A local deli around here charges $.50 if your purchase is less than $10, and my dry cleaner says that they won’t accept a purchase less than $10.

    No credit card user (at least the ones in their right mind) are going to fight over this, as the maximum gain is (assuming $10 min purchase and 3% rewards) $0.30. How many people are going to waste an hour of their time on hold with a credit card company for $0.30?

  12. Steel_Pelican says:

    Merchants markup their wares to cover operating costs?

    Scandal of the century.

  13. Steel_Pelican says:

    @Pope John Peeps II: Credentials=/=validity

  14. goodguy812 says:

    to me the cost of doing business means the card companies should soak up the cost of the merchants fee. that also would give incentive for more merchants to accept them. a lot of merchants in my area stopped accepting cards because of those fees. whats funny is they will take a check still. and its hard to mark up a candy bar or a bag of chips to absorb a possible card transaction.

    or yes if the merchants want the business of the card users, they should absorb the cost of it without raising prices. if all i use is cash i shouldn’t be paying the fee’s for all those using a card.

    its a double edged sword, two way road, and a catch 22.

  15. scatyb says:

    @Pope John Peeps II: Since when should I have to be forced to pay for someone else? Just because I may be more well off for whatever reason doesn’t mean I should be forced to pay someone else’s way. Or are you saying that it would be ok for me to waltz into someone else’s house and steal their car or stash of cash if they have more than me? I call it stealing because that’s exactly what it is. Just because it’s the government, doesn’t make it ok; on many fronts it makes it worse.

  16. zolielo says:

    I agree with the others spurious logic and inflammatory.

  17. zentec says:


    Wolves have a social hierarchy that generally keeps all members of the pack fed. Are you saying that humans can’t come to another animal species level of compassion?

    C’mon, if you want to complain about stealing, rile onward about government waste, no bid guaranteed profit level contracts before you complain about feeding the poor. Yes, government reallocation programs very well may be stealing, but if feeding the poor were the only tax levied on you, would you still want it eliminated?

  18. ThomFabian says:

    The free market works perfectly for you then. Feel free to open a store that refuses to accept credit cards so as to lower the cost of doing business and presumably the cost of the products will attract you clients who are likeminded.

    Credit card companies have a cost per transaction. Retailers see that cost as worth paying so as to attract customers who desire that “convenience”. The prices inside the store reflect a whole subset of costs/fees associated with doing business and to suggest you’d like not to pay one because you don’t think it worth it is wishful thinking.

    Try arguing that you would’ve gone to store regardless of them advertising therefore you’d like a discount so as to not be paying the small part of the product cost associated with advertising.

  19. Steel_Pelican says:

    @goodguy812: “if all i use is cash i shouldn’t be paying the fee’s for all those using a card.”

    You can’t pick and choose what parts of a markup you’re willing to pay. You can’t say “I shouldn’t have to pay for toilet paper in the public bathroom if I never use the restroom” or “I shouldn’t have to pay for a cart if I only need a box of cereal” or “I shouldn’t pay the wages of the clerks who didn’t wait on me.”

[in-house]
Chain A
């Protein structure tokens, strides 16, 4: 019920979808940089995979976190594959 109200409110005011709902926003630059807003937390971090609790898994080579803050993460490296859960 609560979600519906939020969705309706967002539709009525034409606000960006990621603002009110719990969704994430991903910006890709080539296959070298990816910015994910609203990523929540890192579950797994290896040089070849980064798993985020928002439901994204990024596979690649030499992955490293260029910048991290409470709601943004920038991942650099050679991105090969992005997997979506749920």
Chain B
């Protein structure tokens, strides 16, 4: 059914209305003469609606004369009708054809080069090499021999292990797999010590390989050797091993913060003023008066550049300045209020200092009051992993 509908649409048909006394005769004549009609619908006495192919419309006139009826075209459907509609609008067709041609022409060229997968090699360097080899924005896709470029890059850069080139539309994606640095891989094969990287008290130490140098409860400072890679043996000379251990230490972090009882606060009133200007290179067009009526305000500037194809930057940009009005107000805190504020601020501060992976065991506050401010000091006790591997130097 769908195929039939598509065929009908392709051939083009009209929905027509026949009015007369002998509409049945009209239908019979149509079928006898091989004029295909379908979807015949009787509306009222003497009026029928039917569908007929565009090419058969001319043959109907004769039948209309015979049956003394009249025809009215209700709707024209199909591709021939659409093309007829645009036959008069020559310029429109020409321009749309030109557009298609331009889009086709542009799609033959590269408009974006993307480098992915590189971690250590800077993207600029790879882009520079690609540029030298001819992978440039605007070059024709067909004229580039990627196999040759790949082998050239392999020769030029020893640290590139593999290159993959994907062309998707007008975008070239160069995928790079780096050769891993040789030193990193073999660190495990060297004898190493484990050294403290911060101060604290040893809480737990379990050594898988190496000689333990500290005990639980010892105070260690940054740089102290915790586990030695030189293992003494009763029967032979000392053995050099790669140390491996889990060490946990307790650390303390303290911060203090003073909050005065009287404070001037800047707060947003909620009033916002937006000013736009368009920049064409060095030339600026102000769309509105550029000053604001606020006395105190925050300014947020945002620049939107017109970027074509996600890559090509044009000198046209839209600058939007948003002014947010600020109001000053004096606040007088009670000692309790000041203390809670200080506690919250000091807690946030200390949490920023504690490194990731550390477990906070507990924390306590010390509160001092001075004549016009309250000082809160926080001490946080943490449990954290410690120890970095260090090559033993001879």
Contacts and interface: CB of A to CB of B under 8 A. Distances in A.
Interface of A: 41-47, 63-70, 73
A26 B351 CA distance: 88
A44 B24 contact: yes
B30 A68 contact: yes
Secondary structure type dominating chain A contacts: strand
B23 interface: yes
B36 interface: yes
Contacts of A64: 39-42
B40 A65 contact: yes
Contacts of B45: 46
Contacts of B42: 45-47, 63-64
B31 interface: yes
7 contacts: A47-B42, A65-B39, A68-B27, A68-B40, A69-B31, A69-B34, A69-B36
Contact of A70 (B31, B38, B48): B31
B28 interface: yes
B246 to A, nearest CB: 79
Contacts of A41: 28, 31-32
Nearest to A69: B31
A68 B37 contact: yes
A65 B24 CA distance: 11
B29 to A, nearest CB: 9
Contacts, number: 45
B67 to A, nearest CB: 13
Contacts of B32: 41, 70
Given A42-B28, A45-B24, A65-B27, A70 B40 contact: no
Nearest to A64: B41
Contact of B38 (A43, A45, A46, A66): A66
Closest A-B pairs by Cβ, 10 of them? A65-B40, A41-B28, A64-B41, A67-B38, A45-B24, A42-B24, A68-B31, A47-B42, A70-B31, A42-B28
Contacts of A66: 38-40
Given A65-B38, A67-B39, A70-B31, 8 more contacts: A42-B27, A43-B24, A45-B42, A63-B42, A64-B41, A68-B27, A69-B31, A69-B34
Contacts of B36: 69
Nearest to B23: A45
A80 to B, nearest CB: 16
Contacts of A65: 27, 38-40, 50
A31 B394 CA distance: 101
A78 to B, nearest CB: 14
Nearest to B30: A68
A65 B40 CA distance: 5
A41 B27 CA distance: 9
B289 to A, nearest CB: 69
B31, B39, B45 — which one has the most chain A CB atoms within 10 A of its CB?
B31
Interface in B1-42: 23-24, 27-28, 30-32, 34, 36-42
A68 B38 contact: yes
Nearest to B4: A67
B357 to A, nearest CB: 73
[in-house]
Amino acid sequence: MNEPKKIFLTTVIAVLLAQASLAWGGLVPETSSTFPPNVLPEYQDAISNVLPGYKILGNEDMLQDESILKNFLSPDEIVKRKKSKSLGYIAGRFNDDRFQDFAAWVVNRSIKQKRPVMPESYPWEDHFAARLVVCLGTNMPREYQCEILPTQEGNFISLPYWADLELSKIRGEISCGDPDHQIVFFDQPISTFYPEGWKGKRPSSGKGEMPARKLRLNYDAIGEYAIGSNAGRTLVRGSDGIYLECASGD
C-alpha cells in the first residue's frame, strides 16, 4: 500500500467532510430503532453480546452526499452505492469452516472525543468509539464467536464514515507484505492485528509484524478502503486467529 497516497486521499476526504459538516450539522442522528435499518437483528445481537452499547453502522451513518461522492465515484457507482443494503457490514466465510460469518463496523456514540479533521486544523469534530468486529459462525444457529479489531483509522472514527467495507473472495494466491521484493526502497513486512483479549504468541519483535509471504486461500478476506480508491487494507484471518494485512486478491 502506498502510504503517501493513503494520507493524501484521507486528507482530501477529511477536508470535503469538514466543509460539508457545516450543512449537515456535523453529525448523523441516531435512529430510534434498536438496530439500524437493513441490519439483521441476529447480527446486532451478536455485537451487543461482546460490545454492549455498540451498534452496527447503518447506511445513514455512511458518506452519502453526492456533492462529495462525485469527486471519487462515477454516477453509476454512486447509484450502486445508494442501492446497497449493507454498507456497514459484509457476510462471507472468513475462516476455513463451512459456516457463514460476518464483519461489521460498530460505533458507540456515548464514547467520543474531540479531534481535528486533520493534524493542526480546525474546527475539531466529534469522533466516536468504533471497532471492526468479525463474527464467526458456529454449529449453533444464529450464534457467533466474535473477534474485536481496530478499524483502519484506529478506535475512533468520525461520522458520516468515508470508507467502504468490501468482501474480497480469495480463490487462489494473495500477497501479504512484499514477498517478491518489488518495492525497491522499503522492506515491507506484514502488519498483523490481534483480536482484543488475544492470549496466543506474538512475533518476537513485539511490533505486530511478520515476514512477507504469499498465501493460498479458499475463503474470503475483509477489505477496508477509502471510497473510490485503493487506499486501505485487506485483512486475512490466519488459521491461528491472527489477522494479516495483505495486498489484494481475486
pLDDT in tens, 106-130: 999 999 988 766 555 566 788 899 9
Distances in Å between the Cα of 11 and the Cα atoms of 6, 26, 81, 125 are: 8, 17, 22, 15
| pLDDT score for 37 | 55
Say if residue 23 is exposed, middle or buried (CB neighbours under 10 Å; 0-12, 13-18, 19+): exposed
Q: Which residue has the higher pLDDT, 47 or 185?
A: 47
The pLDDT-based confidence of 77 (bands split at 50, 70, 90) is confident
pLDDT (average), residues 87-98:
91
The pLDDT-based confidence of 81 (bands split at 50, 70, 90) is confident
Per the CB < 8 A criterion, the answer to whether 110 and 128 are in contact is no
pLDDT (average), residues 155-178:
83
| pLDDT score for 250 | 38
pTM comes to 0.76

20. scatyb says:

    @zentec: You bet. I give my money to many charities that I believe are more effective IN ADDTION to the taxes levied on me. Regardless of how good the cause is, I should not be forced. I don’t know where people get off thinking that I, or anyone else for that matter, am unable to do the right thing voluntarily and must be forcibly coerced.

  21. Squeezer99 says:

    the merchant doesn’t have to sign a contract to use visa/mc/etc if they don’t want to. they just won’t be able to accept CCs, which may lose them some business, but that is their choice. and don’t even get me started on people that use food stamps, unless they are in college, they need to get a job/better paying job.

  22. Pope John Peeps II says:

    @scatyb: that’s a really lousy rebuttal. I’m merely stating that as things stand now in America, you as a citizen are granted the freedom to work and amass wealth. Your taxes pay for the playing field you all play on. Infrastructure, utilities, schools. All of these work to your advantage. Along the line someone decided that having people die of starvation wasn’t terrific so that became part of the playing field too. Think how many aspects of your life and work, and the “free market” are protected by Government action (hint: ALL OF THEM), and how many advantages you get because of it. The only reason you’re “well-off” is because you, or your parents, was able to capitalize on the environment PROVIDED for you by the Government. You got LUCKY. And now you come back to me and say that you’re unwilling to help someone lower on the food chain? That’s totally uncivilized.

    @Steel_Pelican: Actually, yes. Certain credentials do equal validity. Credentials enough to get you a professorship at one of the finest schools in the world equals a long history of writing and producing excellent work. Which equals validity.

  23. glomm says:

    This paper is extremely lame, and one needn’t read further than the abstract to see why. He recognizes the cost merchants incur by accepting credit cards, but completely ignores the benefits.

    Customers using credit cards are more likely to spend more, and to spend it at stores that accept credit cards, so merchants are able to substantially increase their revenue by accepting credit cards. Presumably this increase in revenue offsets the cost of the credit cards, otherwise merchants would never accept them.

  24. MyCokesBiggerThanYours says:

    Yes, but since the bottom 30% of wage earners (including food stamp users) pay a net zero of income taxes Food Stamp USers aren’t paying for jack sh*t.

  25. Alvis says:

    “Merchants are forbidden from passing this surchage directly to the customer”

    Is there a source for this? All the gas stations around me charge more for credit than cash.